Up­com­ing elec­tions could also weigh on fis­cal con­sol­i­da­tion in In­dia and hin­der the In­done­sian govern­ment's plan to widen the tax base. The im­pact of pol­icy choices on fis­cal out­comes would be more lim­ited in Aus­tralia, where we ex­pect bud­get deficits to con­tinue to nar­row de­spite a frac­tious po­lit­i­cal en­vi­ron­ment that has per­sisted for some time, and in the Philippines.

Bank­ing and fi­nan­cial sec­tor chal­lenges re­main in Bangladesh, In­dia and Viet­nam. Lend­ing by state-owned banks to state-owned en­ter­prises and/or to fi­nance pub­lic projects with low re­turns has long weighed on prof­itabil­ity and as­set qual­ity in all three of these economies. Non per­form­ing loans are high across state-owned banks in Bangladesh and In­dia, while a num­ber of these in­sti­tu­tions are un­der­cap­i­talised.

For Viet­nam, prof­itabil­ity and as­set qual­ity in state-owned banks have in­creased from low lev­els, but still-high credit growth raises the risk of boom-bust cy­cles. Sta­te­owned banks ac­count for more than 50 per cent of bank­ing sys­tem as­sets in In­dia and Viet­nam, and around 30 per cent in Bangladesh, pos­ing eco­nomic and con­tin­gent li­a­bil­ity risks to the sovereigns.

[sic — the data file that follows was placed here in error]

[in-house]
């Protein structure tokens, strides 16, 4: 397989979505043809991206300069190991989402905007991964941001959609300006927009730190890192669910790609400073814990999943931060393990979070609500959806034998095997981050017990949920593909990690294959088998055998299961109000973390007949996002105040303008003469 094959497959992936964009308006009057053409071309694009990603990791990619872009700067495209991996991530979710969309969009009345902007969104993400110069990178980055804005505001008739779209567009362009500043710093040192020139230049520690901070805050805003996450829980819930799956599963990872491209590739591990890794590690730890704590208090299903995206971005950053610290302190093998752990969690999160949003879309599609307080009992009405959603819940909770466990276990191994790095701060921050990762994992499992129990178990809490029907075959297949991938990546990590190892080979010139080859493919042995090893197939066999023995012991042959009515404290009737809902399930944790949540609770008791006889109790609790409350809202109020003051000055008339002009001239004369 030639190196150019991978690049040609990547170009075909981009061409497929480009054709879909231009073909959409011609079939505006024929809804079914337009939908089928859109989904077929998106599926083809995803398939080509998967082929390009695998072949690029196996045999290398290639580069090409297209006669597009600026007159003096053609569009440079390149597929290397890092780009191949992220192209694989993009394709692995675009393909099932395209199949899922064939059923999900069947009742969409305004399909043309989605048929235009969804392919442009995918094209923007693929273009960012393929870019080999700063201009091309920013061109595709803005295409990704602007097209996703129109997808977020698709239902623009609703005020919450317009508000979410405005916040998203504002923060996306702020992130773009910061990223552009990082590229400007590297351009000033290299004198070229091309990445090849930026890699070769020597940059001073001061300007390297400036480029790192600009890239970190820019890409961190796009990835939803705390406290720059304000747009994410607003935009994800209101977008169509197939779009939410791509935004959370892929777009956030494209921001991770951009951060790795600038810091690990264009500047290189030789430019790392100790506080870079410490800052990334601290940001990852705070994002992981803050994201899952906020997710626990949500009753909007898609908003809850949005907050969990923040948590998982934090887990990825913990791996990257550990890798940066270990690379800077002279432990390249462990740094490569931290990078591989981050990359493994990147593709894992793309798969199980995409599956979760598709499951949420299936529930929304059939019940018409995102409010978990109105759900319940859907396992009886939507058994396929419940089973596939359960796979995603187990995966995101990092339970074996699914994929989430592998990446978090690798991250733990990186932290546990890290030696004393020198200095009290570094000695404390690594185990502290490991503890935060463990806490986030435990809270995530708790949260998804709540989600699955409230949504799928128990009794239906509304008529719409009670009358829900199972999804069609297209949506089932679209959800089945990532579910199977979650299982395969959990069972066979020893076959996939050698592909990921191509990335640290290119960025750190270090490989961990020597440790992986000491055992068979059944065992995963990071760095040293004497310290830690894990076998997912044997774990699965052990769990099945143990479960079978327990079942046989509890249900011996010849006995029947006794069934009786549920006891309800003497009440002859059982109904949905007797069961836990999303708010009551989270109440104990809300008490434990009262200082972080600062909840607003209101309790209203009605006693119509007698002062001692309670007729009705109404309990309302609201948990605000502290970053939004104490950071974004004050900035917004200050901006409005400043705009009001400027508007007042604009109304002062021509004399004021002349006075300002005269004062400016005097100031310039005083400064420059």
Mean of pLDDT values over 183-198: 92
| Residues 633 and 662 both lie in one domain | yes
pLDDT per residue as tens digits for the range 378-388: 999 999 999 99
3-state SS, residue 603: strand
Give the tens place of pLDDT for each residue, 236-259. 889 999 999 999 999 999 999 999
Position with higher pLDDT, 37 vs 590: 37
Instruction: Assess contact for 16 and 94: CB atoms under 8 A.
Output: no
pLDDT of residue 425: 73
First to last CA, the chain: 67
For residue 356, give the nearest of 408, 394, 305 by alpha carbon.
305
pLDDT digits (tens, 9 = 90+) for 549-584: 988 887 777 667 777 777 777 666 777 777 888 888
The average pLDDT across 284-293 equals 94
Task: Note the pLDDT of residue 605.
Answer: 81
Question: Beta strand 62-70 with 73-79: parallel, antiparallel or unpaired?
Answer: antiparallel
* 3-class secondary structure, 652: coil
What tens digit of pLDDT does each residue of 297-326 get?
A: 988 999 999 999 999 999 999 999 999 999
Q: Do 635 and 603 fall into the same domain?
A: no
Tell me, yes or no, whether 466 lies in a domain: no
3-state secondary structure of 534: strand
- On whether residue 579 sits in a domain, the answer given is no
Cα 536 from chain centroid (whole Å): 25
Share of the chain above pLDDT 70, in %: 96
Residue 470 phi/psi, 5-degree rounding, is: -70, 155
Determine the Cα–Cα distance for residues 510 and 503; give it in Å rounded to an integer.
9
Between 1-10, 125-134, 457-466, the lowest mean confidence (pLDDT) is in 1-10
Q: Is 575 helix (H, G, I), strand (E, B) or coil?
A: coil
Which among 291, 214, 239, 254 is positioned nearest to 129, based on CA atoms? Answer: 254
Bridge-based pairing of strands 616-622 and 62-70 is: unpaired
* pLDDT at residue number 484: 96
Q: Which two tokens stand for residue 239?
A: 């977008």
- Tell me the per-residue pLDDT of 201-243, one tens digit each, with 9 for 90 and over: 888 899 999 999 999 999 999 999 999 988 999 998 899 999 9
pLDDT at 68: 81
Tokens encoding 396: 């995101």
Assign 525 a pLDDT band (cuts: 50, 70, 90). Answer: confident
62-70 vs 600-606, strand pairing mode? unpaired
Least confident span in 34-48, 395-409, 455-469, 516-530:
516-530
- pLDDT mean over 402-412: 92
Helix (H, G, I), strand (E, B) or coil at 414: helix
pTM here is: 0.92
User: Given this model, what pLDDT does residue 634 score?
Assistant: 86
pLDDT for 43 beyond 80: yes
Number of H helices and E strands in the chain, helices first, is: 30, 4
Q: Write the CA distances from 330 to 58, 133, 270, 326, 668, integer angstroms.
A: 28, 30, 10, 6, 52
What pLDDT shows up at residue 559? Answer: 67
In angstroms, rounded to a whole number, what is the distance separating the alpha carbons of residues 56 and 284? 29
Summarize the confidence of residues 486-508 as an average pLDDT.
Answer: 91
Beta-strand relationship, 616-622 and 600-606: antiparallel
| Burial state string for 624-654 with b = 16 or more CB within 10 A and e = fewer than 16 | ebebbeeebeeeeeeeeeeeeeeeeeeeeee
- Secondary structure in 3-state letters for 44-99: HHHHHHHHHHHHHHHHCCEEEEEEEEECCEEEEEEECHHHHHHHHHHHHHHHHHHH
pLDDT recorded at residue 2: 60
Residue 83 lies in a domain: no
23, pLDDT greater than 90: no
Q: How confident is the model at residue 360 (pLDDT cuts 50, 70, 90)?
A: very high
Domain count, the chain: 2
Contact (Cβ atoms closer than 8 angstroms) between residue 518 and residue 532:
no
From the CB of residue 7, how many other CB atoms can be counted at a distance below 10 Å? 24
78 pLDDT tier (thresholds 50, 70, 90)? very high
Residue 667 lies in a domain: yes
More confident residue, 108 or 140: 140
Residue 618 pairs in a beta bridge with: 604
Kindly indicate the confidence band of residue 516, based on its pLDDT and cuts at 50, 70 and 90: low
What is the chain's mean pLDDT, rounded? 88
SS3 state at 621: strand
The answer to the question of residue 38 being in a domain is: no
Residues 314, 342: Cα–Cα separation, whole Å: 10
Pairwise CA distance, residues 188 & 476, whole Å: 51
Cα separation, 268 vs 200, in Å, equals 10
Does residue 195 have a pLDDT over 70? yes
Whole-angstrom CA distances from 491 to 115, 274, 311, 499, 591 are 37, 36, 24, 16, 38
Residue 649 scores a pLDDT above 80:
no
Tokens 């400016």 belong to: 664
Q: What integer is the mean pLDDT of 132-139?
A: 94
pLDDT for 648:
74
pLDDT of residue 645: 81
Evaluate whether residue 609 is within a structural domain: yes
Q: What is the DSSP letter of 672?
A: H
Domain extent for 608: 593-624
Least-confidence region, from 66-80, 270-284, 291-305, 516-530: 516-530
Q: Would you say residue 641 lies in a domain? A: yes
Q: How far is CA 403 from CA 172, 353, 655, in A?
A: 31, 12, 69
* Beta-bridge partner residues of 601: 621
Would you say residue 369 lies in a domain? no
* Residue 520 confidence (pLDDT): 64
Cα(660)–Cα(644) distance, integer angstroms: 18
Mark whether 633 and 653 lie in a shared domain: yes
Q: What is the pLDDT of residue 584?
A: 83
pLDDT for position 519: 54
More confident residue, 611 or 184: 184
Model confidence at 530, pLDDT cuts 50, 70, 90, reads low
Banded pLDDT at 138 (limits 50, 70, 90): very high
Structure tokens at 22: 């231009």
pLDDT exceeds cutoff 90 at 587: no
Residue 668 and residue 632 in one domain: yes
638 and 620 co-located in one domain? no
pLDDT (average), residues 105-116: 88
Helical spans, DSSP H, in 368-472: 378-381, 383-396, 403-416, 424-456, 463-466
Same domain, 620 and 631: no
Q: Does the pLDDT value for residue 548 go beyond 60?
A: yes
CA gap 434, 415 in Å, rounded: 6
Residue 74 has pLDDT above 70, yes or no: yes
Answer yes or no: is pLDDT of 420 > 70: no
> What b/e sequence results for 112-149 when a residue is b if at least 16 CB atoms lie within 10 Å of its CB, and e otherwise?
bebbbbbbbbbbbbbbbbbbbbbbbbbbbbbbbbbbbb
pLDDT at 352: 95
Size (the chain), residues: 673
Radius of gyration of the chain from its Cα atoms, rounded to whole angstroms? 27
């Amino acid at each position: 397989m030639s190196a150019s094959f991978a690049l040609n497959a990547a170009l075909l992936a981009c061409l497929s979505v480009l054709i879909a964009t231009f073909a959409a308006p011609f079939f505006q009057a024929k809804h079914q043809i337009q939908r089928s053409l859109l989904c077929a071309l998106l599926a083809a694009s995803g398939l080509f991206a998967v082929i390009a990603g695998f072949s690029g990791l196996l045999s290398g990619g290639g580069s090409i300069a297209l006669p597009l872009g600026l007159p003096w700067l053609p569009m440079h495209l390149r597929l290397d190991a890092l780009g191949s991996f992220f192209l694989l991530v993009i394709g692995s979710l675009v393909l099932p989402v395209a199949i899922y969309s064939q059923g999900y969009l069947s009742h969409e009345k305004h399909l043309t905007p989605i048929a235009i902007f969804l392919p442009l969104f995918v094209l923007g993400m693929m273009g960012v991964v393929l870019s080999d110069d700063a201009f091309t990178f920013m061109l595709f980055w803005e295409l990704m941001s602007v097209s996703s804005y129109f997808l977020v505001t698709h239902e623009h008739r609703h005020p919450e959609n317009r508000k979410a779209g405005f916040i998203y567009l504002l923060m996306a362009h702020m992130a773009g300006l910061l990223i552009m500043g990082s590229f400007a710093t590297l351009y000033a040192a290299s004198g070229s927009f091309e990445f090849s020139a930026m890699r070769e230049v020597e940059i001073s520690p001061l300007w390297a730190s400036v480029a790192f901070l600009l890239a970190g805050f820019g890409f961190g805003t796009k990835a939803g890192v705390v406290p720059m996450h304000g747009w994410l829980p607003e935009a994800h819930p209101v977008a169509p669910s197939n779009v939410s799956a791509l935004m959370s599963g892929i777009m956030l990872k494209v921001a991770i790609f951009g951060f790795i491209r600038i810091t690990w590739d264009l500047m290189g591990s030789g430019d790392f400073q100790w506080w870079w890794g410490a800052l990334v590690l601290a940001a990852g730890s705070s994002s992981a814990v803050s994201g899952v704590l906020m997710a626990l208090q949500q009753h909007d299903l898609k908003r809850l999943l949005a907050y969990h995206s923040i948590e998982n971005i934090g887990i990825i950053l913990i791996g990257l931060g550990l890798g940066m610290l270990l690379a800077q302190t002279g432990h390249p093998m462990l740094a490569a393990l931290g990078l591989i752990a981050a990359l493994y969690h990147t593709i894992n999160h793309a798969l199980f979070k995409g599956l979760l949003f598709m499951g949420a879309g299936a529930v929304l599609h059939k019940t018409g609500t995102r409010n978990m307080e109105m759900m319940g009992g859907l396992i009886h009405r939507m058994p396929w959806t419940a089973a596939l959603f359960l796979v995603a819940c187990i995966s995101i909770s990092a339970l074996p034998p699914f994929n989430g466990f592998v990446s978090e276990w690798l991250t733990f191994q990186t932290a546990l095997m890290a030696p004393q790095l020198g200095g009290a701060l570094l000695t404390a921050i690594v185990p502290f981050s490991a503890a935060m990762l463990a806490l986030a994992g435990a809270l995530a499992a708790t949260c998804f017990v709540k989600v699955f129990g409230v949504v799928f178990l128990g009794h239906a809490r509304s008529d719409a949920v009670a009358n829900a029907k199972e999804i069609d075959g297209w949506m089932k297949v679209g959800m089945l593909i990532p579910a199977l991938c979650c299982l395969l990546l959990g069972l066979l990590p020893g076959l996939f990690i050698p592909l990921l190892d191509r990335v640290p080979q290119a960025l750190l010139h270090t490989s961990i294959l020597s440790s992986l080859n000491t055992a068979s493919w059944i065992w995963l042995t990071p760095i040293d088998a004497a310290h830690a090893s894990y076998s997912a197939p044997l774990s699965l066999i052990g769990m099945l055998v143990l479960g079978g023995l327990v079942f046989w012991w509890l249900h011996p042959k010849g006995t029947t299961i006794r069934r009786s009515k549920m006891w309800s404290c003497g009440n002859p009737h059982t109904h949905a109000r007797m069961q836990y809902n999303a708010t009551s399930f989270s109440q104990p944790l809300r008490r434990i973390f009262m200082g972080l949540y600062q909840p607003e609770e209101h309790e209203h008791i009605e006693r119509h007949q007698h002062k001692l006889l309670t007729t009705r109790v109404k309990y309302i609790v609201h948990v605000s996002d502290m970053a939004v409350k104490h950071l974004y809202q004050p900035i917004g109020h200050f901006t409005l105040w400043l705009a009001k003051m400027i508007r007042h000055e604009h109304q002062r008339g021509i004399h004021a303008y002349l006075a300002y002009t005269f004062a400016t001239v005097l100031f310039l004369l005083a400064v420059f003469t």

In In­dia, chal­lenges now ex­tend to non-bank fi­nan­cial in­sti­tu­tions (NBFIs), which are largely funded by whole­sale de­posits and ac­counted for 30 per cent of new credit over the past five years. A sharp slow­down in credit avail­abil­ity, should NBFIs ex­pe­ri­ence a liq­uid­ity squeeze, would raise do­mes­tic in­ter­est rates and weigh on growth.

Qual­ity of life

So­cial pol­icy tilt in Ja­pan and Korea, while fos­ter­ing more in­clu­sive growth, could weigh on near-term eco­nomic ac­tiv­ity. These two ad­vanced economies have started to place more em­pha­sis on so­cial wel­fare and qual­ity of life. Work­style re­forms in Ja­pan limit over­time to 100 hours a month for non-white-col­lar work­ers, and raise com­pen­sa­tion for part-time and tem­po­rary work to en­sure “equal work for equal pay” with full-time em­ploy­ees. Korea raised the min­i­mum wage by 16% in 2018 and re­duced the cap on the num­ber of hours worked per week to 52 from 68 pre­vi­ously. Korea's min­i­mum wage will in­crease by a fur­ther 11 per cent in 2019.

While im­prove­ments to so­cial wel­fare would re­duce po­lit­i­cal risk stem­ming from so­cioe­co­nomic chal­lenges such as in­come in­equal­ity over the longer term, these pol­icy mea­sures could weigh on near-term in­vest­ment and do­mes­tic de­mand, should higher labour costs lower busi­ness sen­ti­ment, re­duce profit mar­gins, and weaken job growth and busi­ness spend­ing. Com­pa­nies and labour unions alike have op­posed the new la­bor poli­cies and job growth has fallen sharply in Korea. New Zealand is also fo­cus­ing on the qual­ity of growth through its Liv­ing Stan­dards Frame­work, which in­cor­po­rates hu­man, nat­u­ral and so­cial cap­i­tal con­sid­er­a­tions in pol­i­cy­mak­ing. While the coun­try has a longer track record in im­ple­ment­ing so­cial wel­fare poli­cies, busi­ness con­fi­dence has fallen fol­low­ing the 5 per cent in­crease in the min­i­mum wage in 2018, with a fur­ther 21 per cent in­crease by 2021 planned.

Lam­badi tribeswomen pose with their ink-marked fin­gers af­ter cast­ing their votes in the Te­lan­gana state leg­isla­tive as­sem­bly elec­tion, on the out­skirts of Hy­der­abad last month.